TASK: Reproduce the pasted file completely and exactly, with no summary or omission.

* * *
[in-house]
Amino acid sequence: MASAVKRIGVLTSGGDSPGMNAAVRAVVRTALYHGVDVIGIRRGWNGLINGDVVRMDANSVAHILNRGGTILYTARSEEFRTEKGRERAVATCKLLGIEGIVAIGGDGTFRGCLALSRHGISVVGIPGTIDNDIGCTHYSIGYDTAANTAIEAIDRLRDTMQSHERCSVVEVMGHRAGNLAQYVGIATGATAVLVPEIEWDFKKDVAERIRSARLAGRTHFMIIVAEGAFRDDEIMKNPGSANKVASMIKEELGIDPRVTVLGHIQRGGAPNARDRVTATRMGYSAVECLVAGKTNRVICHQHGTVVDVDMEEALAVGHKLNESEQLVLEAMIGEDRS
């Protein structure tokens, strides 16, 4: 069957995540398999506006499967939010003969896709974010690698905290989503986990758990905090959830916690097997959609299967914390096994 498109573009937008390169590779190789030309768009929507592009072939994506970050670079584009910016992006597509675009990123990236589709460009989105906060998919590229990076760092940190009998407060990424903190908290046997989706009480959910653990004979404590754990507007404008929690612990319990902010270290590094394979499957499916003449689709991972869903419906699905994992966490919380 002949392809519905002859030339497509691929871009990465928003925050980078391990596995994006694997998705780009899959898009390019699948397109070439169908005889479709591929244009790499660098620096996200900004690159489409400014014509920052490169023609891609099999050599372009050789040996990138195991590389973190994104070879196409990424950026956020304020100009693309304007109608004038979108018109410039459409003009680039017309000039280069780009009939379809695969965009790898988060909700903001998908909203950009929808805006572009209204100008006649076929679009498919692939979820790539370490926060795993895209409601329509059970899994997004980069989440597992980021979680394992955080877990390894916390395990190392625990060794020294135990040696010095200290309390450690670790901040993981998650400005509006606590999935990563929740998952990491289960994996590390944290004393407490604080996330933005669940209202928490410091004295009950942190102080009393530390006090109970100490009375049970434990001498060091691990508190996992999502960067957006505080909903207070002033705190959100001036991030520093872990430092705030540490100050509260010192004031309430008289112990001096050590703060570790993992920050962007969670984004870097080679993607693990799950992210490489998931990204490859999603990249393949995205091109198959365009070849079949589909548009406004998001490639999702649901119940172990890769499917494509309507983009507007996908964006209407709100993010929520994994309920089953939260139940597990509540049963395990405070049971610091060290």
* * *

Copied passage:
[in-house]
Amino acid sequence: MASAVKRIGVLTSGGDSPGMNAAVRAVVRTALYHGVDVIGIRRGWNGLINGDVVRMDANSVAHILNRGGTILYTARSEEFRTEKGRERAVATCKLLGIEGIVAIGGDGTFRGCLALSRHGISVVGIPGTIDNDIGCTHYSIGYDTAANTAIEAIDRLRDTMQSHERCSVVEVMGHRAGNLAQYVGIATGATAVLVPEIEWDFKKDVAERIRSARLAGRTHFMIIVAEGAFRDDEIMKNPGSANKVASMIKEELGIDPRVTVLGHIQRGGAPNARDRVTATRMGYSAVECLVAGKTNRVICHQHGTVVDVDMEEALAVGHKLNESEQLVLEAMIGEDRS
């Protein structure tokens, strides 16, 4: 069957995540398999506006499967939010003969896709974010690698905290989503986990758990905090959830916690097997959609299967914390096994 498109573009937008390169590779190789030309768009929507592009072939994506970050670079584009910016992006597509675009990123990236589709460009989105906060998919590229990076760092940190009998407060990424903190908290046997989706009480959910653990004979404590754990507007404008929690612990319990902010270290590094394979499957499916003449689709991972869903419906699905994992966490919380 002949392809519905002859030339497509691929871009990465928003925050980078391990596995994006694997998705780009899959898009390019699948397109070439169908005889479709591929244009790499660098620096996200900004690159489409400014014509920052490169023609891609099999050599372009050789040996990138195991590389973190994104070879196409990424950026956020304020100009693309304007109608004038979108018109410039459409003009680039017309000039280069780009009939379809695969965009790898988060909700903001998908909203950009929808805006572009209204100008006649076929679009498919692939979820790539370490926060795993895209409601329509059970899994997004980069989440597992980021979680394992955080877990390894916390395990190392625990060794020294135990040696010095200290309390450690670790901040993981998650400005509006606590999935990563929740998952990491289960994996590390944290004393407490604080996330933005669940209202928490410091004295009950942190102080009393530390006090109970100490009375049970434990001498060091691990508190996992999502960067957006505080909903207070002033705190959100001036991030520093872990430092705030540490100050509260010192004031309430008289112990001096050590703060570790993992920050962007969670984004870097080679993607693990799950992210490489998931990204490859999603990249393949995205091109198959365009070849079949589909548009406004998001490639999702649901119940172990890769499917494509309507983009507007996908964006209407709100993010929520994994309920089953939260139940597990509540049963395990405070049971610091060290």